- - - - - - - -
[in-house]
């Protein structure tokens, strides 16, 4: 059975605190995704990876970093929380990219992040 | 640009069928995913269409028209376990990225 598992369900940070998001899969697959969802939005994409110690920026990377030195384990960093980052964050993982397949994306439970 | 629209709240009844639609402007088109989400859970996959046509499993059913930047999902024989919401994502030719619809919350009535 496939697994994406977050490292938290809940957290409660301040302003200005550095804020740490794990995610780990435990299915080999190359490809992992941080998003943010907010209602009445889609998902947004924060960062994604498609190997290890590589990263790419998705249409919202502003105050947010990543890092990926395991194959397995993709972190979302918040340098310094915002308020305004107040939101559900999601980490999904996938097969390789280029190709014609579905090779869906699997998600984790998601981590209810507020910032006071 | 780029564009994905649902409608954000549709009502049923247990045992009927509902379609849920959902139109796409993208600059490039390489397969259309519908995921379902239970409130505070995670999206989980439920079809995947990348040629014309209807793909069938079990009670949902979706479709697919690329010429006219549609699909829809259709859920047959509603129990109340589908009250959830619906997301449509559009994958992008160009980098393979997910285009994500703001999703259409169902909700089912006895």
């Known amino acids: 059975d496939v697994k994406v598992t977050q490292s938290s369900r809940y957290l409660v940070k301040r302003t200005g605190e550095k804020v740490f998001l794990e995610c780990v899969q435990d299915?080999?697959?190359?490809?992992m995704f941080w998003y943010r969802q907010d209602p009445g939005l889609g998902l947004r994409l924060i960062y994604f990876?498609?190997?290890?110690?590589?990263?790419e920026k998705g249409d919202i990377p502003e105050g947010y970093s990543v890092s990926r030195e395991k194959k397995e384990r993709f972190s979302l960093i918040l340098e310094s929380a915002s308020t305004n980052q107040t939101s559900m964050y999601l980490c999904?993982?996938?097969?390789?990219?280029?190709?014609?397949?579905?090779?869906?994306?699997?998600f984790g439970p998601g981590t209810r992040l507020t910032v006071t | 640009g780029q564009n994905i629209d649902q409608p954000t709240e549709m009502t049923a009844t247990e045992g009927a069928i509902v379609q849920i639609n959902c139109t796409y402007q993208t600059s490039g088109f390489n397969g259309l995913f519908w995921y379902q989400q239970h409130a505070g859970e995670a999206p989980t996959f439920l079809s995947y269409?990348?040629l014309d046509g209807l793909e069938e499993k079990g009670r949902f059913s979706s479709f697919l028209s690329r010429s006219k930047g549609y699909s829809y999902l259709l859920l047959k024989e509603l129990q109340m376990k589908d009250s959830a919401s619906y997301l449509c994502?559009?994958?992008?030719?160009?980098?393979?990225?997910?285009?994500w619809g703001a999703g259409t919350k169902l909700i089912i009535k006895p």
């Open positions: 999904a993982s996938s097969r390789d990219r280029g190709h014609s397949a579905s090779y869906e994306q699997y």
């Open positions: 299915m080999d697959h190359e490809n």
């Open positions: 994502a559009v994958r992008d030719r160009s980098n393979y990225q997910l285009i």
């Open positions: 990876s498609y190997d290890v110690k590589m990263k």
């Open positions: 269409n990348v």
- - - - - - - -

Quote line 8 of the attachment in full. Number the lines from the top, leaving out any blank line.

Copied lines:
């Open positions: 269409n990348v």